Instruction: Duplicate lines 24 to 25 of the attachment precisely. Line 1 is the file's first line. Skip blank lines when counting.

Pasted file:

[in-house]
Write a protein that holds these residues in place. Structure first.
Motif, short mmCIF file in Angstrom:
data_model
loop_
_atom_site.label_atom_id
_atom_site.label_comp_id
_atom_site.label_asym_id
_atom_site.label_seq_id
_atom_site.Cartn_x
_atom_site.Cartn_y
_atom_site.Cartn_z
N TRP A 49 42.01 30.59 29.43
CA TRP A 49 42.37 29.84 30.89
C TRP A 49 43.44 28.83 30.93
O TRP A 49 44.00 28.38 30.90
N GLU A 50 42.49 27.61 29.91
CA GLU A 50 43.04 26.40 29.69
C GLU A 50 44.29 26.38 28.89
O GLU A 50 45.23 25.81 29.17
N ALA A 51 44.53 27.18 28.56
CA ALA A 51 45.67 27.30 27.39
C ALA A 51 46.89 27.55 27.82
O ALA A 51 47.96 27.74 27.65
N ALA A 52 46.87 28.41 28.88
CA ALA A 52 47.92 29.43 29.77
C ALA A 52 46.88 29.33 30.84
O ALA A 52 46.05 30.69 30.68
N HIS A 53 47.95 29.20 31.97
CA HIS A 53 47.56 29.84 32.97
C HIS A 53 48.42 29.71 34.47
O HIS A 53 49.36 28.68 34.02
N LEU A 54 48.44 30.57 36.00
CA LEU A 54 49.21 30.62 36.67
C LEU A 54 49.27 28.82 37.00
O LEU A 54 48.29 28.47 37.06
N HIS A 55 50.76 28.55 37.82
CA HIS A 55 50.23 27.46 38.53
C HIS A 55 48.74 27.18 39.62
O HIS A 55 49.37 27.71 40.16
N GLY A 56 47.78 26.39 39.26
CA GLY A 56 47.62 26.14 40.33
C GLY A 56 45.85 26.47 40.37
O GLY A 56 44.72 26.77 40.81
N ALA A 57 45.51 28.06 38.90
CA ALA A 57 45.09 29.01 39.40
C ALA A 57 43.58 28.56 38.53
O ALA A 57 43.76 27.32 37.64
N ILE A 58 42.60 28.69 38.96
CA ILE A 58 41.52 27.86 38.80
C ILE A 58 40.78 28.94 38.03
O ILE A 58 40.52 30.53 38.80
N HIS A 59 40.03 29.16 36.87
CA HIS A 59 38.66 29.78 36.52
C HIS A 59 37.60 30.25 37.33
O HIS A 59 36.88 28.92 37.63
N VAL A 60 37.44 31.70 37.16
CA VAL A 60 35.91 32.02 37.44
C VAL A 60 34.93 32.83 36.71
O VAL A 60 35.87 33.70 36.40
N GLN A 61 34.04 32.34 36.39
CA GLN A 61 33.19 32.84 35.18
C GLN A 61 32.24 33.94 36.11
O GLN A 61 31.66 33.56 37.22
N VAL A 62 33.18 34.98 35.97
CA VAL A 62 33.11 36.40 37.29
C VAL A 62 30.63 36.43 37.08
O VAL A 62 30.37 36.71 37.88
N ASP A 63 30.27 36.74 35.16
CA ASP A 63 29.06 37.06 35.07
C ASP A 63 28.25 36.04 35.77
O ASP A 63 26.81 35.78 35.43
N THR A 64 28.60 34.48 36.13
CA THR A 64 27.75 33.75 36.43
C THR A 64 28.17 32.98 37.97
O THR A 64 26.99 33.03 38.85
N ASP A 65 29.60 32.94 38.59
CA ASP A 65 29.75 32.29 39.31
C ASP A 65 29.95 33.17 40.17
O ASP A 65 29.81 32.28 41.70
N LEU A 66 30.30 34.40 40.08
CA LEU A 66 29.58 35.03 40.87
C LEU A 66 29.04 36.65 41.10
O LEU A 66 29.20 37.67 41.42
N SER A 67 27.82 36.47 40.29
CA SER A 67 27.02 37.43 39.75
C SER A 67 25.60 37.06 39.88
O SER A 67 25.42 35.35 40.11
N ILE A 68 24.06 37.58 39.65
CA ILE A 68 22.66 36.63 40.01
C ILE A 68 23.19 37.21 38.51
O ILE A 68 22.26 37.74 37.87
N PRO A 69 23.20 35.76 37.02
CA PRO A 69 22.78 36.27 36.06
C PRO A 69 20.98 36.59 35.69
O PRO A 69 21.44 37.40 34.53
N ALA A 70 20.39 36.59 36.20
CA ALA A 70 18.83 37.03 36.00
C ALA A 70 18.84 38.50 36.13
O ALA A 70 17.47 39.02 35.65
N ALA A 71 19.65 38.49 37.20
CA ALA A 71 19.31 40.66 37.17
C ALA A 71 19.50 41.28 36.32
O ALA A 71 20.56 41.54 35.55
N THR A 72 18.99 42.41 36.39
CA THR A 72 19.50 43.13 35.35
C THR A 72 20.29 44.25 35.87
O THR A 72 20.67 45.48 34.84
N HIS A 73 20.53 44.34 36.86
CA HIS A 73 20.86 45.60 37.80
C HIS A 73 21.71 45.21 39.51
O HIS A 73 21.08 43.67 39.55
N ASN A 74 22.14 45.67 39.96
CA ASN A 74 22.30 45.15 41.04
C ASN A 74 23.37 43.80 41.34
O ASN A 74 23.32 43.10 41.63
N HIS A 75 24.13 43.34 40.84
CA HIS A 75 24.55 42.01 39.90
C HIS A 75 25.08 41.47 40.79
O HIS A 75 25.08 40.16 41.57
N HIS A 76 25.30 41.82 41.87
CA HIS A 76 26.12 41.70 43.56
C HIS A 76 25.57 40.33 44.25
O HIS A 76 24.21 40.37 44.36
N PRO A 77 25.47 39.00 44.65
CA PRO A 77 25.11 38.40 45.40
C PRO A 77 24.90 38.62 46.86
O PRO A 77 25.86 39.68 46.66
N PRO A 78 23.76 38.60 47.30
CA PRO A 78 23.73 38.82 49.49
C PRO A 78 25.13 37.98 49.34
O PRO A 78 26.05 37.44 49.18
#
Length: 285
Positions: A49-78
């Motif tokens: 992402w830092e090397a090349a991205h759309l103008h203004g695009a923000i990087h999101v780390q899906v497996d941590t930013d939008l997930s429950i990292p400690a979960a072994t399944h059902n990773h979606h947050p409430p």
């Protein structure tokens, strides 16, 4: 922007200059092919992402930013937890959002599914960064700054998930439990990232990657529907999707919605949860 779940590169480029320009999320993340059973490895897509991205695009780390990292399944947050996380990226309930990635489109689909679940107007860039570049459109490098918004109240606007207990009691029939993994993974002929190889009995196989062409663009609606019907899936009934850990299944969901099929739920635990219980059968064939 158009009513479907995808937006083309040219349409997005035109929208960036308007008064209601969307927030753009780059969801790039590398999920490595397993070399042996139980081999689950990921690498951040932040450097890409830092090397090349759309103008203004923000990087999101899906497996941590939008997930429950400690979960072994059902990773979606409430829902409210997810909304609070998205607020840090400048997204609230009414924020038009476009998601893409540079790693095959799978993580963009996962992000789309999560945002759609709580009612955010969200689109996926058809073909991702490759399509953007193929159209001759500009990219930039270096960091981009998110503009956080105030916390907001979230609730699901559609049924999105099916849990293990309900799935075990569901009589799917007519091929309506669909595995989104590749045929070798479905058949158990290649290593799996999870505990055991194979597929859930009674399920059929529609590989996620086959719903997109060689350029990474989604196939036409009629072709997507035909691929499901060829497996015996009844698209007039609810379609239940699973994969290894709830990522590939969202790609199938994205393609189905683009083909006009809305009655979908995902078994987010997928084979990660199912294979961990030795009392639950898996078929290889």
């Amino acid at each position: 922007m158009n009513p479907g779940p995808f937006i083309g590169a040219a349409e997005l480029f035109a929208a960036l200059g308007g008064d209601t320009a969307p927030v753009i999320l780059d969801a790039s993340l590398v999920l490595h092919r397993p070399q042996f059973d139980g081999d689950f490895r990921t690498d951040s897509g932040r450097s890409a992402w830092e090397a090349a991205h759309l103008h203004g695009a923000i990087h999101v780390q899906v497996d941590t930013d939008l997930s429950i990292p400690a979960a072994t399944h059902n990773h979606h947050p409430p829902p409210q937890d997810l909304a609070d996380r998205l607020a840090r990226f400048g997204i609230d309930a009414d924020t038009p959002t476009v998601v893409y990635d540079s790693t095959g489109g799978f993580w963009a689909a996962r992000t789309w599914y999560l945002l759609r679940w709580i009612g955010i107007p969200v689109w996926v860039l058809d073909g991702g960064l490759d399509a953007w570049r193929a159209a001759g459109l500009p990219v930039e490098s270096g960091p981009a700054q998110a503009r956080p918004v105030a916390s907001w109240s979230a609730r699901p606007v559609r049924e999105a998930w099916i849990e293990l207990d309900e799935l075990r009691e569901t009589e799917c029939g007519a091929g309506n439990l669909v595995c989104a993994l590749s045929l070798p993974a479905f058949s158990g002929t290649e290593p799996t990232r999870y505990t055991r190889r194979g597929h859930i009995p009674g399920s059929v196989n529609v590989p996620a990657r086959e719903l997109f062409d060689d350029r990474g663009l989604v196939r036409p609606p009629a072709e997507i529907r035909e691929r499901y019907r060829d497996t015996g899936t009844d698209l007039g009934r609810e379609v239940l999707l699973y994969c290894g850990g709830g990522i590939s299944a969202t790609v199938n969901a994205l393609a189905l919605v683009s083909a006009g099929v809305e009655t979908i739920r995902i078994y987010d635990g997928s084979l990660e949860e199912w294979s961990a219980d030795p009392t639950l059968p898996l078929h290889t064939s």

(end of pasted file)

O ALA A 51 47.96 27.74 27.65
N ALA A 52 46.87 28.41 28.88